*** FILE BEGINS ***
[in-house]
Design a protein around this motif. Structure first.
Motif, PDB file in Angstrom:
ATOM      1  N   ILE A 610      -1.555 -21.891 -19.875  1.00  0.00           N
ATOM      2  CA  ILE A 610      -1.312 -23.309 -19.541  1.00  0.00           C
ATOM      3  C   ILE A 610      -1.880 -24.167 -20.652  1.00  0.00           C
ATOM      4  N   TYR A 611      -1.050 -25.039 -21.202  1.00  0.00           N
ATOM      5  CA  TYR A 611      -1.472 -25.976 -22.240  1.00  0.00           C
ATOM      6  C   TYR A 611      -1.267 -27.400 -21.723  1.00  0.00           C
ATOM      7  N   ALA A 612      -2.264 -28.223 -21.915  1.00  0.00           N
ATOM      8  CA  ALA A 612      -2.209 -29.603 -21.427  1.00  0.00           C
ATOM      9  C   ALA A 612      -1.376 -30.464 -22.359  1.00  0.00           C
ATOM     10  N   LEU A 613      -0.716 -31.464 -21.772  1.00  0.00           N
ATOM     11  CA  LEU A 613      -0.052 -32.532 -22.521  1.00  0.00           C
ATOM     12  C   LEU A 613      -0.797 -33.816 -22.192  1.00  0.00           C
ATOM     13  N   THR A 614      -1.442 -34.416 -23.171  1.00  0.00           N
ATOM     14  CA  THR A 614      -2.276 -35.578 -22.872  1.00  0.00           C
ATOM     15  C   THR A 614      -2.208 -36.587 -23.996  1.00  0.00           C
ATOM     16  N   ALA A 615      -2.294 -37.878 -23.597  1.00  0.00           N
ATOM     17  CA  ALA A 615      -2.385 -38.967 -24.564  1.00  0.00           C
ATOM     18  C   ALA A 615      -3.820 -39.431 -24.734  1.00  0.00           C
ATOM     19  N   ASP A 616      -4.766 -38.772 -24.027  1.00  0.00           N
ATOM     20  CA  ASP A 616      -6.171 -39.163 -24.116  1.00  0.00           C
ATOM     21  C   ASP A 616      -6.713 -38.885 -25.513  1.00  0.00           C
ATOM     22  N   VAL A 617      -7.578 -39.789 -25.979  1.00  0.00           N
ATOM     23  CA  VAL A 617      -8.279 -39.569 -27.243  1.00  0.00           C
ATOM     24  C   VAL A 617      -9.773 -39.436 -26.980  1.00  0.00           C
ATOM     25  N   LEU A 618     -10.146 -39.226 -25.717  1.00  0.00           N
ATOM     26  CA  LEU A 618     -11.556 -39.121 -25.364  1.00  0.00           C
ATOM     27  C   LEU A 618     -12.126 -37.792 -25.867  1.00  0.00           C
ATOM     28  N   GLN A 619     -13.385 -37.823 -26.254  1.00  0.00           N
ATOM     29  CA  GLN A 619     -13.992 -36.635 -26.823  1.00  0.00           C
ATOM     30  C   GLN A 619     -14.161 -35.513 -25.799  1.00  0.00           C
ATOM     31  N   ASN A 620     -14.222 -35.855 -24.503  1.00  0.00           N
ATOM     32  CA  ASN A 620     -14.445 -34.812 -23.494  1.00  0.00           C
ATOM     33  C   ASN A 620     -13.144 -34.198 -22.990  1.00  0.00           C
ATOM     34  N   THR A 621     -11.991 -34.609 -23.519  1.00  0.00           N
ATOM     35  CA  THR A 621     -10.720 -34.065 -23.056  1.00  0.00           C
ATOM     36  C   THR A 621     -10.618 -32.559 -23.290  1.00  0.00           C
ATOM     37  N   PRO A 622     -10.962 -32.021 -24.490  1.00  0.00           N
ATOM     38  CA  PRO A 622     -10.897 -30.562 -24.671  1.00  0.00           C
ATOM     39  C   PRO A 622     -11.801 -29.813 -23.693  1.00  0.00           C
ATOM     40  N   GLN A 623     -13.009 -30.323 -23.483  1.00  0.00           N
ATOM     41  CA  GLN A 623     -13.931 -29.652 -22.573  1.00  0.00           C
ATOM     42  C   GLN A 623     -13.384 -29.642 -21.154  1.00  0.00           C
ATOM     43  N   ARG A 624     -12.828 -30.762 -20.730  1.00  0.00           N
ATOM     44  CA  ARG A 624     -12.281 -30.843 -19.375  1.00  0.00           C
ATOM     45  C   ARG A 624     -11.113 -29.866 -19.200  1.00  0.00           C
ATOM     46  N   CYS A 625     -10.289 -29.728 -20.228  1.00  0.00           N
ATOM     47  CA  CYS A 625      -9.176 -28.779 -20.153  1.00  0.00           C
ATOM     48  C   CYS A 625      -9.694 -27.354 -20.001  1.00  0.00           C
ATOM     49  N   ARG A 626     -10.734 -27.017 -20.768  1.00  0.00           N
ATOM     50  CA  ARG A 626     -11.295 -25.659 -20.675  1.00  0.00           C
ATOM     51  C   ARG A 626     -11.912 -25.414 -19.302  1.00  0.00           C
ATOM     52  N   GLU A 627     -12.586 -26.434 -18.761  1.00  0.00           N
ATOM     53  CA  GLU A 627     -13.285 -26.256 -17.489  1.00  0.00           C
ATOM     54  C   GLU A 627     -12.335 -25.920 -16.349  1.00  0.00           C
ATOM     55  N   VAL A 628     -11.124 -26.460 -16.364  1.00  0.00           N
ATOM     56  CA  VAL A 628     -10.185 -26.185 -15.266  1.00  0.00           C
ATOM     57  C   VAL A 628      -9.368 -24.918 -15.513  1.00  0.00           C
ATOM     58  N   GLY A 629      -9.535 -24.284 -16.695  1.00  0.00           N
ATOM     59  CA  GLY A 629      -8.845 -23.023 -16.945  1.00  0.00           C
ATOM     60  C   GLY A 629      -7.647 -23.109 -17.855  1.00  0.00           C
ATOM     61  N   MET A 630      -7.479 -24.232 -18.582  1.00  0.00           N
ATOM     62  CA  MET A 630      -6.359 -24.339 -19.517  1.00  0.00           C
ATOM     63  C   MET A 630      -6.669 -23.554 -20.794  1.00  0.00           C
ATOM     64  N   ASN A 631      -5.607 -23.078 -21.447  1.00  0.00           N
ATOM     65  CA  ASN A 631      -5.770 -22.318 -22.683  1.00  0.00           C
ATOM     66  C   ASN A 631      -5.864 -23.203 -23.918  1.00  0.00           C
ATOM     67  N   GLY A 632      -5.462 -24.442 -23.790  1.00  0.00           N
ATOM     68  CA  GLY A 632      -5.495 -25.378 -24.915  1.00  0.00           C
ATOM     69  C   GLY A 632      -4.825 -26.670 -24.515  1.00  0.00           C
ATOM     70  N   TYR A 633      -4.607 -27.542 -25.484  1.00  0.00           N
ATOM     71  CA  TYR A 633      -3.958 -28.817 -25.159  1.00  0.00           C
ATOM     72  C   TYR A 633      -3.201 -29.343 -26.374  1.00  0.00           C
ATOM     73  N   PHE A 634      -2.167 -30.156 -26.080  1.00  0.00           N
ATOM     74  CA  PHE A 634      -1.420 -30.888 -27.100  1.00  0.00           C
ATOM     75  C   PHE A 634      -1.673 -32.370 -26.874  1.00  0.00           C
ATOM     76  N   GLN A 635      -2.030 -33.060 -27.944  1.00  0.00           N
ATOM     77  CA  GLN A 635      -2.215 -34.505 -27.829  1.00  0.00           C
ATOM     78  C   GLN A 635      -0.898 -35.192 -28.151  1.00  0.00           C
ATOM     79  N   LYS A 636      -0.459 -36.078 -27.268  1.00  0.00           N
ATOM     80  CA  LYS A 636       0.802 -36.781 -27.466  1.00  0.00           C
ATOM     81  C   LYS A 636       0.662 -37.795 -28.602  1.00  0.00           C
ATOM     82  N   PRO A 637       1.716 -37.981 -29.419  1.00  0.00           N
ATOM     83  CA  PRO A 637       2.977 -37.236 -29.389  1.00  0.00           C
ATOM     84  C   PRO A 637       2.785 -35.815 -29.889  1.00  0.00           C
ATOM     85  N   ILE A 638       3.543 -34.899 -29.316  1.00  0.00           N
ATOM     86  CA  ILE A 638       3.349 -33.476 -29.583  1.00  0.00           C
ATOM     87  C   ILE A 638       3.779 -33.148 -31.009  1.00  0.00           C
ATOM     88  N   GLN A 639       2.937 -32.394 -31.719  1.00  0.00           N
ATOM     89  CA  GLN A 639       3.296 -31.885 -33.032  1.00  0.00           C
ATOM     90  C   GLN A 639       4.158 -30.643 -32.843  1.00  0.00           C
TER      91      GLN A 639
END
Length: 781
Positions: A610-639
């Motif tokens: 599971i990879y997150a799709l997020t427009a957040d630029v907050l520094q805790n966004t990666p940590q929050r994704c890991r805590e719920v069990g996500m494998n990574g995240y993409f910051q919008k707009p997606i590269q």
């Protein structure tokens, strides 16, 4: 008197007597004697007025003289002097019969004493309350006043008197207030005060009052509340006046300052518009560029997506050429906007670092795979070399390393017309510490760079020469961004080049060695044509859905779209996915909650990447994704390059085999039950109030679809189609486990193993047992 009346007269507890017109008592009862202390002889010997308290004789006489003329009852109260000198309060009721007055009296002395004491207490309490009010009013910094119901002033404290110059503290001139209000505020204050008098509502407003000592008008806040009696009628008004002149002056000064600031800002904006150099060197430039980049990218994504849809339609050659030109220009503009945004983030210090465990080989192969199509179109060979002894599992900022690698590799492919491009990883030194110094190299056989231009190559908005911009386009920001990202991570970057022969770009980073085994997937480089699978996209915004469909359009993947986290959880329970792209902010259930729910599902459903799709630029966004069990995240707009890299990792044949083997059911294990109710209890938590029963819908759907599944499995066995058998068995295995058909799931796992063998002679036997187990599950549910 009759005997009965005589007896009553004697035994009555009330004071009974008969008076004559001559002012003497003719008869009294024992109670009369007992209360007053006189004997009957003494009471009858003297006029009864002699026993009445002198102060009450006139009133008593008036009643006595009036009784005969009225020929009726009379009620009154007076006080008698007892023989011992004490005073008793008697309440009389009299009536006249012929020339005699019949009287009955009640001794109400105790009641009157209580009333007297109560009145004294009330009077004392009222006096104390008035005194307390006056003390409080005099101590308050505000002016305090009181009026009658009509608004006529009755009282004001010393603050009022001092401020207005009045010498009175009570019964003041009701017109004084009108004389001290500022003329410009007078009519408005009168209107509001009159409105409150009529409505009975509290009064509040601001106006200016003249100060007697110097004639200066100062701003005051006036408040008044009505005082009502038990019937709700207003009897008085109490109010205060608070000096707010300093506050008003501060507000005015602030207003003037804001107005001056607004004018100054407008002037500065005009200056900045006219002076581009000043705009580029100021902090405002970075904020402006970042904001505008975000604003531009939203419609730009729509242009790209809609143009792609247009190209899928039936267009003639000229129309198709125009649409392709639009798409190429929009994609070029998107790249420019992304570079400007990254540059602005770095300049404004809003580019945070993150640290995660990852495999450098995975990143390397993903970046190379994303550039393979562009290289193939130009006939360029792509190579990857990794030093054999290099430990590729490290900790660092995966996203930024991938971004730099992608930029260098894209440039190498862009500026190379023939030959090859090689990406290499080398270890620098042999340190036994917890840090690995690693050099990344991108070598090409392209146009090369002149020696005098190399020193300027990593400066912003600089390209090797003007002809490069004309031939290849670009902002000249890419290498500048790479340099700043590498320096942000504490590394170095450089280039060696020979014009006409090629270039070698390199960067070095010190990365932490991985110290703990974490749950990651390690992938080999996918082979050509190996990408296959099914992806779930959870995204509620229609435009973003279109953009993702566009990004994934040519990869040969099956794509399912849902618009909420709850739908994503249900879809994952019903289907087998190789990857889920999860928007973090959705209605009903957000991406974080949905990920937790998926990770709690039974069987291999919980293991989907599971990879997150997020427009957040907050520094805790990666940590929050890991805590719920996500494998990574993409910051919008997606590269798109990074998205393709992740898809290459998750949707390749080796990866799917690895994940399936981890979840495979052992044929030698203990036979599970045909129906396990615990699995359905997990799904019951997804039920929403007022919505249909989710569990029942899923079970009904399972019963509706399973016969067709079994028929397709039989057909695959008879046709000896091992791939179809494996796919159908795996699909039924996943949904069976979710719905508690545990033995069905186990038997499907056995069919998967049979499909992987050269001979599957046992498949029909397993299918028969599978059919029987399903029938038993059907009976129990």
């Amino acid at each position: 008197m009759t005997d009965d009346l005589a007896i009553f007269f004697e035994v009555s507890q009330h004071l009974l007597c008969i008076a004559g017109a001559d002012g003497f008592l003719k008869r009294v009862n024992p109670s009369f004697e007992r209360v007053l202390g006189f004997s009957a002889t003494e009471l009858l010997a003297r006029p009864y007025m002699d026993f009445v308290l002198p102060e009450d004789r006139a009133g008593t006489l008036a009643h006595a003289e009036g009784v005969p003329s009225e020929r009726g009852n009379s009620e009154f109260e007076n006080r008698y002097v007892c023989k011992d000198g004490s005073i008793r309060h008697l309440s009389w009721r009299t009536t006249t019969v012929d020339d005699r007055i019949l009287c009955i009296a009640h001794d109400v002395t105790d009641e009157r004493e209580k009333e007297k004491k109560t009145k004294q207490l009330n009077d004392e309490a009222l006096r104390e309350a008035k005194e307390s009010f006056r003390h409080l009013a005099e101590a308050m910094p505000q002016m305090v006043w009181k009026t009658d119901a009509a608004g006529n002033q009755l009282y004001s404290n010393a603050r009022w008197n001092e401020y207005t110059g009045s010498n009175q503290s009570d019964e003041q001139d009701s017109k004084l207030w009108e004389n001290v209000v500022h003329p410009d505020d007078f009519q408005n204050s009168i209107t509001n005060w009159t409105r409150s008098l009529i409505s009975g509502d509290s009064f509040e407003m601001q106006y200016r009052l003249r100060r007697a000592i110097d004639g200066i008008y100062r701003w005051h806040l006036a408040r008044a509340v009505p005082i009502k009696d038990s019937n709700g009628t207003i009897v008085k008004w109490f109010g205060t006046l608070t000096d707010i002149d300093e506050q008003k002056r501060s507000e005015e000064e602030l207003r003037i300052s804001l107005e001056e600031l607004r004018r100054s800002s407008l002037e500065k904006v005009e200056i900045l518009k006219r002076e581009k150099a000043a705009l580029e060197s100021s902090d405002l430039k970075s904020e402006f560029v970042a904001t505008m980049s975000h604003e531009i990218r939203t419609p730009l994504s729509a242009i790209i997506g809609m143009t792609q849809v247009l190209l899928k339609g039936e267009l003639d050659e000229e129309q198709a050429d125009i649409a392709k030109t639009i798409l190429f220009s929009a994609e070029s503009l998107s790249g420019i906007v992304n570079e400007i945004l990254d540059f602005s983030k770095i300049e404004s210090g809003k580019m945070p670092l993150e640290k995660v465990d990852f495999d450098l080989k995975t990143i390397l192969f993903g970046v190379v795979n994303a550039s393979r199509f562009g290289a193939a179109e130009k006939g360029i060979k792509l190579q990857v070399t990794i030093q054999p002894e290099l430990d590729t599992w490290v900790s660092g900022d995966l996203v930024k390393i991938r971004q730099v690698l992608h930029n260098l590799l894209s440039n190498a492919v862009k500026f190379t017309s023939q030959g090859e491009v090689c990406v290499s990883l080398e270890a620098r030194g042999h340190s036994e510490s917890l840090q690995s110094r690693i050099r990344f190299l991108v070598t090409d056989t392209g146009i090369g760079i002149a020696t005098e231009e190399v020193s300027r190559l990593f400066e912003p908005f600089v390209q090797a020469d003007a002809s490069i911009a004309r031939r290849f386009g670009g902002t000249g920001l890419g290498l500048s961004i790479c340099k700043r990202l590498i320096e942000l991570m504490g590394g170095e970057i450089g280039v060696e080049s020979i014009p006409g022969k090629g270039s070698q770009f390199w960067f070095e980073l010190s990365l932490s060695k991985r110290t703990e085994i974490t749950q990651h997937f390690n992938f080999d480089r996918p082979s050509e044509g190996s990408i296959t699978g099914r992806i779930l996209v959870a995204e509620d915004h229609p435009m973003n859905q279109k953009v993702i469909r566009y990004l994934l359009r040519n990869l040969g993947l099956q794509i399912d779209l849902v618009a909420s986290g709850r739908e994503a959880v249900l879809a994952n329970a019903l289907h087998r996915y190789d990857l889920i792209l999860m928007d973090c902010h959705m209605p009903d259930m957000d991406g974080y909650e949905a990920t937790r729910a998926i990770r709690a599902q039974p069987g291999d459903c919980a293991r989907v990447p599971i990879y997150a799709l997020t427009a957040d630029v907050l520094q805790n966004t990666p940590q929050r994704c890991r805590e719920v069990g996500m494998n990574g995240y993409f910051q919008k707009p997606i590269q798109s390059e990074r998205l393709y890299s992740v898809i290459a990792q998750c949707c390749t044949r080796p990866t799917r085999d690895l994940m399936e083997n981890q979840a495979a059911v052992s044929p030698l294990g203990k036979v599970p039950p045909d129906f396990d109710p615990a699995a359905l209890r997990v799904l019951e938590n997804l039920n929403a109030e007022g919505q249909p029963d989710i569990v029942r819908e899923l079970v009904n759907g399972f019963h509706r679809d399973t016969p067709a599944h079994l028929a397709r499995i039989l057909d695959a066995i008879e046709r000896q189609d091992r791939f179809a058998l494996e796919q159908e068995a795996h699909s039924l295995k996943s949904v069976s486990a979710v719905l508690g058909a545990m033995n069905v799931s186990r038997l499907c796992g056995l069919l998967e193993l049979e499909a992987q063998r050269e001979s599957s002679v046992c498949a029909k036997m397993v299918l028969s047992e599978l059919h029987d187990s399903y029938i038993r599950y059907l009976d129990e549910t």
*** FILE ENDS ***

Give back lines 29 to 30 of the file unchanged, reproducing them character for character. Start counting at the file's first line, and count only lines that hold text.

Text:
ATOM     26  CA  LEU A 618     -11.556 -39.121 -25.364  1.00  0.00           C
ATOM     27  C   LEU A 618     -12.126 -37.792 -25.867  1.00  0.00           C